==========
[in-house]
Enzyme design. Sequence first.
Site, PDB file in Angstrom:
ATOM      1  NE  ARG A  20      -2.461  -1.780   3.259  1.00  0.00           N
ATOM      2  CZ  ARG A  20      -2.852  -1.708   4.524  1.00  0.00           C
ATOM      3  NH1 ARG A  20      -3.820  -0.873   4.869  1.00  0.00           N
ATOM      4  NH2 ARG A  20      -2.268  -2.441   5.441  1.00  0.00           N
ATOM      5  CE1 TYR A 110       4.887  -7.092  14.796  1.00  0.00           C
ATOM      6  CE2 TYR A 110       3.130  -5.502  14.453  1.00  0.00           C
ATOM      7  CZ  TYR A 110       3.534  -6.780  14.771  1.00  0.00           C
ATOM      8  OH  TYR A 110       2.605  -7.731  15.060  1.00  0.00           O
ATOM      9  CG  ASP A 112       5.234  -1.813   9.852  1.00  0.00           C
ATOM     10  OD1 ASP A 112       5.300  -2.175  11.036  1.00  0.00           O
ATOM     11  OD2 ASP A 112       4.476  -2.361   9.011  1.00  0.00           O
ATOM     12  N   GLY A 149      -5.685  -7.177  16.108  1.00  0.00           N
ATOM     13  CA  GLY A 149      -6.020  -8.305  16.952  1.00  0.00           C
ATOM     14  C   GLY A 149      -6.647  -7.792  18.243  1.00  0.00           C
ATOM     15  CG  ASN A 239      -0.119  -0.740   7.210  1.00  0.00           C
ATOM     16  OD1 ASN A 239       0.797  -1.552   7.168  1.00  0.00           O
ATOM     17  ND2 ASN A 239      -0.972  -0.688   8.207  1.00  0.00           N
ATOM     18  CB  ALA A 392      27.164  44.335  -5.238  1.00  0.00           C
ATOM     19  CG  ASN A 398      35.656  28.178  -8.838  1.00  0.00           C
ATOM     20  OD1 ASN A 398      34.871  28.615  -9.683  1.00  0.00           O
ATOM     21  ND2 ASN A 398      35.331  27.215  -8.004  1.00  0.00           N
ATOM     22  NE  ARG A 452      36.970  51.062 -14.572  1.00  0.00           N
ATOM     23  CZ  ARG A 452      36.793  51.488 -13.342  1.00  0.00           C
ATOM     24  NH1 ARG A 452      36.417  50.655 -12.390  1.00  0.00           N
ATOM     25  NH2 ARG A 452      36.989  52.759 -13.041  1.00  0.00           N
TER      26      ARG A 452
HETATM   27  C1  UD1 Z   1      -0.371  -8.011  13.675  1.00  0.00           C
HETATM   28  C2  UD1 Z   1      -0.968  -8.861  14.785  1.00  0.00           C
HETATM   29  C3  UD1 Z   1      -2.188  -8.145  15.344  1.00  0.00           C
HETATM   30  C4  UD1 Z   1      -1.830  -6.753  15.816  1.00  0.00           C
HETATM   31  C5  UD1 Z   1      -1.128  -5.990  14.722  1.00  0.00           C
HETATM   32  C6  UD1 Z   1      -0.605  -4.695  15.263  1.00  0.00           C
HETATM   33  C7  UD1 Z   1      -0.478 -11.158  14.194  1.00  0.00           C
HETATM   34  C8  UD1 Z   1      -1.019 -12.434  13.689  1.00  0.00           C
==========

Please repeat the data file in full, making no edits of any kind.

[in-house]
Enzyme design. Sequence first.
Site, PDB file in Angstrom:
ATOM      1  NE  ARG A  20      -2.461  -1.780   3.259  1.00  0.00           N
ATOM      2  CZ  ARG A  20      -2.852  -1.708   4.524  1.00  0.00           C
ATOM      3  NH1 ARG A  20      -3.820  -0.873   4.869  1.00  0.00           N
ATOM      4  NH2 ARG A  20      -2.268  -2.441   5.441  1.00  0.00           N
ATOM      5  CE1 TYR A 110       4.887  -7.092  14.796  1.00  0.00           C
ATOM      6  CE2 TYR A 110       3.130  -5.502  14.453  1.00  0.00           C
ATOM      7  CZ  TYR A 110       3.534  -6.780  14.771  1.00  0.00           C
ATOM      8  OH  TYR A 110       2.605  -7.731  15.060  1.00  0.00           O
ATOM      9  CG  ASP A 112       5.234  -1.813   9.852  1.00  0.00           C
ATOM     10  OD1 ASP A 112       5.300  -2.175  11.036  1.00  0.00           O
ATOM     11  OD2 ASP A 112       4.476  -2.361   9.011  1.00  0.00           O
ATOM     12  N   GLY A 149      -5.685  -7.177  16.108  1.00  0.00           N
ATOM     13  CA  GLY A 149      -6.020  -8.305  16.952  1.00  0.00           C
ATOM     14  C   GLY A 149      -6.647  -7.792  18.243  1.00  0.00           C
ATOM     15  CG  ASN A 239      -0.119  -0.740   7.210  1.00  0.00           C
ATOM     16  OD1 ASN A 239       0.797  -1.552   7.168  1.00  0.00           O
ATOM     17  ND2 ASN A 239      -0.972  -0.688   8.207  1.00  0.00           N
ATOM     18  CB  ALA A 392      27.164  44.335  -5.238  1.00  0.00           C
ATOM     19  CG  ASN A 398      35.656  28.178  -8.838  1.00  0.00           C
ATOM     20  OD1 ASN A 398      34.871  28.615  -9.683  1.00  0.00           O
ATOM     21  ND2 ASN A 398      35.331  27.215  -8.004  1.00  0.00           N
ATOM     22  NE  ARG A 452      36.970  51.062 -14.572  1.00  0.00           N
ATOM     23  CZ  ARG A 452      36.793  51.488 -13.342  1.00  0.00           C
ATOM     24  NH1 ARG A 452      36.417  50.655 -12.390  1.00  0.00           N
ATOM     25  NH2 ARG A 452      36.989  52.759 -13.041  1.00  0.00           N
TER      26      ARG A 452
HETATM   27  C1  UD1 Z   1      -0.371  -8.011  13.675  1.00  0.00           C
HETATM   28  C2  UD1 Z   1      -0.968  -8.861  14.785  1.00  0.00           C
HETATM   29  C3  UD1 Z   1      -2.188  -8.145  15.344  1.00  0.00           C
HETATM   30  C4  UD1 Z   1      -1.830  -6.753  15.816  1.00  0.00           C
HETATM   31  C5  UD1 Z   1      -1.128  -5.990  14.722  1.00  0.00           C
HETATM   32  C6  UD1 Z   1      -0.605  -4.695  15.263  1.00  0.00           C
HETATM   33  C7  UD1 Z   1      -0.478 -11.158  14.194  1.00  0.00           C
HETATM   34  C8  UD1 Z   1      -1.019 -12.434  13.689  1.00  0.00           C